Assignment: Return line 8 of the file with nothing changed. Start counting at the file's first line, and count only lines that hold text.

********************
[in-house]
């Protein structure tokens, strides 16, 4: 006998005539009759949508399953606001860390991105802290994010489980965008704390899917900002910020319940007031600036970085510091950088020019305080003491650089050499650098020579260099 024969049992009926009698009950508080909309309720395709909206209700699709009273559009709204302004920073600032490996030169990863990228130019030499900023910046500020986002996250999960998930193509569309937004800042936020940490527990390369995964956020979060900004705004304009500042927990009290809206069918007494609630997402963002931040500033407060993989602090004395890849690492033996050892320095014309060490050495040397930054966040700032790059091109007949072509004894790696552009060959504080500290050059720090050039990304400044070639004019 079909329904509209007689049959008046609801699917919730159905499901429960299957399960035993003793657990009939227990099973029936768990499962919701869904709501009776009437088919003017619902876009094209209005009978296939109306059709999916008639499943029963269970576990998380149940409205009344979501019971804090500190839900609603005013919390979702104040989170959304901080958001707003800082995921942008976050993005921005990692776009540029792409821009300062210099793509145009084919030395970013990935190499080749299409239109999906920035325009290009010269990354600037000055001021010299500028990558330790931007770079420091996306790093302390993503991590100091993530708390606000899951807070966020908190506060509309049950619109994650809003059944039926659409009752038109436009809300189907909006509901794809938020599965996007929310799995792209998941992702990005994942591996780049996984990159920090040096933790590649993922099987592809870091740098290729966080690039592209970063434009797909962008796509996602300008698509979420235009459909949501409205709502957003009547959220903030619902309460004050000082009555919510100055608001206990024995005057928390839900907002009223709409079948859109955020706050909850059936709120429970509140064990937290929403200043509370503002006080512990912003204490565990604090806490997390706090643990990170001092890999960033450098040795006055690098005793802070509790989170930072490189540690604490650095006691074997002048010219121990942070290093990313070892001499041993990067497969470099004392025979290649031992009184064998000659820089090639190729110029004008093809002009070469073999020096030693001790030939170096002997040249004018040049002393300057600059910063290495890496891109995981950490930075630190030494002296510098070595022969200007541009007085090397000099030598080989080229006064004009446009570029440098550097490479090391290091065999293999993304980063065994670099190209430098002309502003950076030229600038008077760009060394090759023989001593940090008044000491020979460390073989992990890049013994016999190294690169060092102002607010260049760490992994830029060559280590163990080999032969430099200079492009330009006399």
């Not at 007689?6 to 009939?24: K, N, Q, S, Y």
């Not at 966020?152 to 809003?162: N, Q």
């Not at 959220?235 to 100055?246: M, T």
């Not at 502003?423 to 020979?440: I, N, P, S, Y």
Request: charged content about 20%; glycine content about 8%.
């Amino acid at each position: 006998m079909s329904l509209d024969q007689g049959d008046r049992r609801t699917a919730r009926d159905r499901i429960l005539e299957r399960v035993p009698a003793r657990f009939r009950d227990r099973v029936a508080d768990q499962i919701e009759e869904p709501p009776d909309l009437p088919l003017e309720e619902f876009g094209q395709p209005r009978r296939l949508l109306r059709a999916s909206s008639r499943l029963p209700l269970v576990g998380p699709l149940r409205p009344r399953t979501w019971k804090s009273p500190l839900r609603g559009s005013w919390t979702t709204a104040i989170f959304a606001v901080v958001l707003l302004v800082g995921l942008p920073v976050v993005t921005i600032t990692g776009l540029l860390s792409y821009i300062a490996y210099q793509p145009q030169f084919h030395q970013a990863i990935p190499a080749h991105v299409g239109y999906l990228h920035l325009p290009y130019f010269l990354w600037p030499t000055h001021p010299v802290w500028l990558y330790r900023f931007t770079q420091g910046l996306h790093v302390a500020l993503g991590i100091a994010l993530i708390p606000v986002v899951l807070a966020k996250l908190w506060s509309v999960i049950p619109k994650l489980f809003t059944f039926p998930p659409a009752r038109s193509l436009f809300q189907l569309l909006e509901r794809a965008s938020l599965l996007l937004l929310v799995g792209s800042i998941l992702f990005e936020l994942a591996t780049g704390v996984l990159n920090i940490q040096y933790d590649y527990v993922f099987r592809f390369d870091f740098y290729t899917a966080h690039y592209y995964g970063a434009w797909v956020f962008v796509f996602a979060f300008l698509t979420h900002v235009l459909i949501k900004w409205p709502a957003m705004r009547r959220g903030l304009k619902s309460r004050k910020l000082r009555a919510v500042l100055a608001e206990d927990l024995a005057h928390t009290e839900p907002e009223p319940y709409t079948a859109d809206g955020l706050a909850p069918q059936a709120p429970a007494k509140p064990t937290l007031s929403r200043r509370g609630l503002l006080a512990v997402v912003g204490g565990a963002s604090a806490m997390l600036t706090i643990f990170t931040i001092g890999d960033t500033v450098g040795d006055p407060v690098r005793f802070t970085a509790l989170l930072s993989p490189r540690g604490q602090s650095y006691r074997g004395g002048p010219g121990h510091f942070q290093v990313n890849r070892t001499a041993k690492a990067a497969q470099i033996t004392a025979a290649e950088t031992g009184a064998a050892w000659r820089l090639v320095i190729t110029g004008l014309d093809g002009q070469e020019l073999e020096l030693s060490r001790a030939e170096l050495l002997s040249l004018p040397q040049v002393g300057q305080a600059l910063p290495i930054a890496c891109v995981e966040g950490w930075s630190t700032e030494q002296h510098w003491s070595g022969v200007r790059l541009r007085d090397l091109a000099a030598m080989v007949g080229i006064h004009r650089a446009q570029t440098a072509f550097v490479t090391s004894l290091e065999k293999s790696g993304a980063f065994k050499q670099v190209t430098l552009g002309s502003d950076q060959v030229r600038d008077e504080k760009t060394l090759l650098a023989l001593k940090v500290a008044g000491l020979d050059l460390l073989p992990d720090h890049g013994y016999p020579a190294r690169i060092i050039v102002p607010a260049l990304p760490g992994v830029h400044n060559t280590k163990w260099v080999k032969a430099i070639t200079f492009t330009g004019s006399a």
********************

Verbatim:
């Amino acid at each position: 006998m079909s329904l509209d024969q007689g049959d008046r049992r609801t699917a919730r009926d159905r499901i429960l005539e299957r399960v035993p009698a003793r657990f009939r009950d227990r099973v029936a508080d768990q499962i919701e009759e869904p709501p009776d909309l009437p088919l003017e309720e619902f876009g094209q395709p209005r009978r296939l949508l109306r059709a999916s909206s008639r499943l029963p209700l269970v576990g998380p699709l149940r409205p009344r399953t979501w019971k804090s009273p500190l839900r609603g559009s005013w919390t979702t709204a104040i989170f959304a606001v901080v958001l707003l302004v800082g995921l942008p920073v976050v993005t921005i600032t990692g776009l540029l860390s792409y821009i300062a490996y210099q793509p145009q030169f084919h030395q970013a990863i990935p190499a080749h991105v299409g239109y999906l990228h920035l325009p290009y130019f010269l990354w600037p030499t000055h001021p010299v802290w500028l990558y330790r900023f931007t770079q420091g910046l996306h790093v302390a500020l993503g991590i100091a994010l993530i708390p606000v986002v899951l807070a966020k996250l908190w506060s509309v999960i049950p619109k994650l489980f809003t059944f039926p998930p659409a009752r038109s193509l436009f809300q189907l569309l909006e509901r794809a965008s938020l599965l996007l937004l929310v799995g792209s800042i998941l992702f990005e936020l994942a591996t780049g704390v996984l990159n920090i940490q040096y933790d590649y527990v993922f099987r592809f390369d870091f740098y290729t899917a966080h690039y592209y995964g970063a434009w797909v956020f962008v796509f996602a979060f300008l698509t979420h900002v235009l459909i949501k900004w409205p709502a957003m705004r009547r959220g903030l304009k619902s309460r004050k910020l000082r009555a919510v500042l100055a608001e206990d927990l024995a005057h928390t009290e839900p907002e009223p319940y709409t079948a859109d809206g955020l706050a909850p069918q059936a709120p429970a007494k509140p064990t937290l007031s929403r200043r509370g609630l503002l006080a512990v997402v912003g204490g565990a963002s604090a806490m997390l600036t706090i643990f990170t931040i001092g890999d960033t500033v450098g040795d006055p407060v690098r005793f802070t970085a509790l989170l930072s993989p490189r540690g604490q602090s650095y006691r074997g004395g002048p010219g121990h510091f942070q290093v990313n890849r070892t001499a041993k690492a990067a497969q470099i033996t004392a025979a290649e950088t031992g009184a064998a050892w000659r820089l090639v320095i190729t110029g004008l014309d093809g002009q070469e020019l073999e020096l030693s060490r001790a030939e170096l050495l002997s040249l004018p040397q040049v002393g300057q305080a600059l910063p290495i930054a890496c891109v995981e966040g950490w930075s630190t700032e030494q002296h510098w003491s070595g022969v200007r790059l541009r007085d090397l091109a000099a030598m080989v007949g080229i006064h004009r650089a446009q570029t440098a072509f550097v490479t090391s004894l290091e065999k293999s790696g993304a980063f065994k050499q670099v190209t430098l552009g002309s502003d950076q060959v030229r600038d008077e504080k760009t060394l090759l650098a023989l001593k940090v500290a008044g000491l020979d050059l460390l073989p992990d720090h890049g013994y016999p020579a190294r690169i060092i050039v102002p607010a260049l990304p760490g992994v830029h400044n060559t280590k163990w260099v080999k032969a430099i070639t200079f492009t330009g004019s006399a």